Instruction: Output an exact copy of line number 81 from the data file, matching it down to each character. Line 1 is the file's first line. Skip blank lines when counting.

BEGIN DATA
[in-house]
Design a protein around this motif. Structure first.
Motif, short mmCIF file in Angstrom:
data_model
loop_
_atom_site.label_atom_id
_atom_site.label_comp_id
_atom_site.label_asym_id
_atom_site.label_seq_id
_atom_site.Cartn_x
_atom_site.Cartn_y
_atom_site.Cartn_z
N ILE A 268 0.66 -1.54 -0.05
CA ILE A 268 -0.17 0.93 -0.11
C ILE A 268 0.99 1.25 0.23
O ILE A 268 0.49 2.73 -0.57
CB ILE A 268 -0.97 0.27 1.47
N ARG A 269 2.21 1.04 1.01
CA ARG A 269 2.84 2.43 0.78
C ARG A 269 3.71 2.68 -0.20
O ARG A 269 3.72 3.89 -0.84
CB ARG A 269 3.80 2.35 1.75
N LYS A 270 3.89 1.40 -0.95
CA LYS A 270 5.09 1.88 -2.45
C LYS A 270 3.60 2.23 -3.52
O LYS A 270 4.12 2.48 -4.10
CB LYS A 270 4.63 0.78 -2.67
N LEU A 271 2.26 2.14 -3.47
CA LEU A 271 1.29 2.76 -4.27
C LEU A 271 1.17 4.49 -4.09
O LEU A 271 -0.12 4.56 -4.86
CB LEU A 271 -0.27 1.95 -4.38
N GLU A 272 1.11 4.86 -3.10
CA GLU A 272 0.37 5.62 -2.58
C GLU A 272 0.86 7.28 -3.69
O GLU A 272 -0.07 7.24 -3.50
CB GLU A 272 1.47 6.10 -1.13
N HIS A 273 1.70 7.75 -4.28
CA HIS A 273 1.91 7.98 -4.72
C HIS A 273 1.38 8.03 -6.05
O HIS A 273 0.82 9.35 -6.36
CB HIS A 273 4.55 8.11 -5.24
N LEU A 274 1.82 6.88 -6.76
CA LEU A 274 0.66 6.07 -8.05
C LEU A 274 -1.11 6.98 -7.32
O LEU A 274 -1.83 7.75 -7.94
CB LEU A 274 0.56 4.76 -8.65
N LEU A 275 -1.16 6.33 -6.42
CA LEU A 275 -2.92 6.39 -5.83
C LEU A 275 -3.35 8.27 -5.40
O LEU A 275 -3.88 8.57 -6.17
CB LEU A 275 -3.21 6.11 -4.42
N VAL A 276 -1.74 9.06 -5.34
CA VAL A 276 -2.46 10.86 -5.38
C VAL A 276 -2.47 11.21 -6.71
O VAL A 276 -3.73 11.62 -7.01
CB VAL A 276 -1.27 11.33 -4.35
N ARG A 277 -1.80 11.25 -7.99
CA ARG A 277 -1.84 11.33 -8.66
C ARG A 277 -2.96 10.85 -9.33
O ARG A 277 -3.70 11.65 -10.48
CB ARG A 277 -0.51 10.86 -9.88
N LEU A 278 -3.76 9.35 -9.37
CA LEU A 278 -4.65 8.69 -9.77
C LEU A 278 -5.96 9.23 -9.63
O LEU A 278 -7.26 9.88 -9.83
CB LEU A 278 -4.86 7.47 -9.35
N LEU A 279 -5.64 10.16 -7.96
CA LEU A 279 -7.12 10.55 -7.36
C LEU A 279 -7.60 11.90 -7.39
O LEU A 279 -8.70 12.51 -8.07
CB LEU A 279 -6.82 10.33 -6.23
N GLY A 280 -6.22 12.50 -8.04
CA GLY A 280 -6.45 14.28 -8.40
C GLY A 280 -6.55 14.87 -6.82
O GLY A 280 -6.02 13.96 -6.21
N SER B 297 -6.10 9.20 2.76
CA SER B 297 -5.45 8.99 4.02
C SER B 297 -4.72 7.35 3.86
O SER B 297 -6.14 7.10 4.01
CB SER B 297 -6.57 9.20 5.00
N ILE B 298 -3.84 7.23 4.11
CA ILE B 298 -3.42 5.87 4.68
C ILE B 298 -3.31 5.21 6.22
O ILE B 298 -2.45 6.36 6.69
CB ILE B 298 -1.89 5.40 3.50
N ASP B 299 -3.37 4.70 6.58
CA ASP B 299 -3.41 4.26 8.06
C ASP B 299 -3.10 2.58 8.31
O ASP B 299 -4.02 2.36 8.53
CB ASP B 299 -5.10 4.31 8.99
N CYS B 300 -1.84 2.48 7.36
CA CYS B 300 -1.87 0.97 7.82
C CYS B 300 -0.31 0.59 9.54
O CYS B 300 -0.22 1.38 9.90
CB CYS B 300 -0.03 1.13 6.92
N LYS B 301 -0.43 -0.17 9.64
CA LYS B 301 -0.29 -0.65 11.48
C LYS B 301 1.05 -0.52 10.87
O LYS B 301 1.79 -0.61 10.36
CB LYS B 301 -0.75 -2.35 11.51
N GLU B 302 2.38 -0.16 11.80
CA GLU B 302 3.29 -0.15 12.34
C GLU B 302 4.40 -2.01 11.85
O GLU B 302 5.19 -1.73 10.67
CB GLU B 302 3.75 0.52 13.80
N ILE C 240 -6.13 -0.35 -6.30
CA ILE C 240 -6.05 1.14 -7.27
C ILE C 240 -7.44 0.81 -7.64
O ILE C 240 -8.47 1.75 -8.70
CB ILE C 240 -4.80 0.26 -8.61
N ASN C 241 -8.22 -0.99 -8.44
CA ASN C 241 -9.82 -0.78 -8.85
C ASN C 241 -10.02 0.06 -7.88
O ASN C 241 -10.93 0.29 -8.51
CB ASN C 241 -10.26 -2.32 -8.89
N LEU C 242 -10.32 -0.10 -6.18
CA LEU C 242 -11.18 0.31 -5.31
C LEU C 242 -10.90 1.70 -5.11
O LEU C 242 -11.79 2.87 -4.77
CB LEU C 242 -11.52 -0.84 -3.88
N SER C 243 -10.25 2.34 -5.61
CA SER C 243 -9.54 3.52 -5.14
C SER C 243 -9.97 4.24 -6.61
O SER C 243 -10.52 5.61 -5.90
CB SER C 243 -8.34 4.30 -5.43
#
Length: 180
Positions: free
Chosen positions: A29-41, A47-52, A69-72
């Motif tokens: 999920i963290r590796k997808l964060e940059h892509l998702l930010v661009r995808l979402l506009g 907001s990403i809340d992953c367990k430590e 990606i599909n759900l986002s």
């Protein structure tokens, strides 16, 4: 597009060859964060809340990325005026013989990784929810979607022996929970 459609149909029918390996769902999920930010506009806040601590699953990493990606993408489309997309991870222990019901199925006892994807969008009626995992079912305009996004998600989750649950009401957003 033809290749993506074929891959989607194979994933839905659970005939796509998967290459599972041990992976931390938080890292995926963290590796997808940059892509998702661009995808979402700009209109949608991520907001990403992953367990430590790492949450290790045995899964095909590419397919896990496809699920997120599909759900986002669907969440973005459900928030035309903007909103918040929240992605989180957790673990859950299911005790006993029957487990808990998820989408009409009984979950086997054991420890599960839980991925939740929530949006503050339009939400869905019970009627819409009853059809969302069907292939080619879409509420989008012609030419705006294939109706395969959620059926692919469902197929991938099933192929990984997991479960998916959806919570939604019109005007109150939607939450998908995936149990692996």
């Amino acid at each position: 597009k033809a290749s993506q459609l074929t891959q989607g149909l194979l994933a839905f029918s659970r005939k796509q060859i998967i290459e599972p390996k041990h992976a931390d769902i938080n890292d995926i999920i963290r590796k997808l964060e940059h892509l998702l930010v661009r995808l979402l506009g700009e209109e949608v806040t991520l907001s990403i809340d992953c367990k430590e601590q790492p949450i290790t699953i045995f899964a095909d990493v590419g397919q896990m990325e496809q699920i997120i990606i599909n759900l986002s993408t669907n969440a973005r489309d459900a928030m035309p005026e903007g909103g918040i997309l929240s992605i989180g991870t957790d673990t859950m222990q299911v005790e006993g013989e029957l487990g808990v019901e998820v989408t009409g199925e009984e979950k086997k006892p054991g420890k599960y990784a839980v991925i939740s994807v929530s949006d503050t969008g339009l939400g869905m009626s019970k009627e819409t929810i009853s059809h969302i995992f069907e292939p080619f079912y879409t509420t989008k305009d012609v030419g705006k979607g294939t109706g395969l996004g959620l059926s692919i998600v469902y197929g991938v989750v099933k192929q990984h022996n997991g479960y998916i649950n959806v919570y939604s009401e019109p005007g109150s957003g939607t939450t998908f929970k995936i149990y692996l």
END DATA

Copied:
CB SER B 297 -6.57 9.20 5.00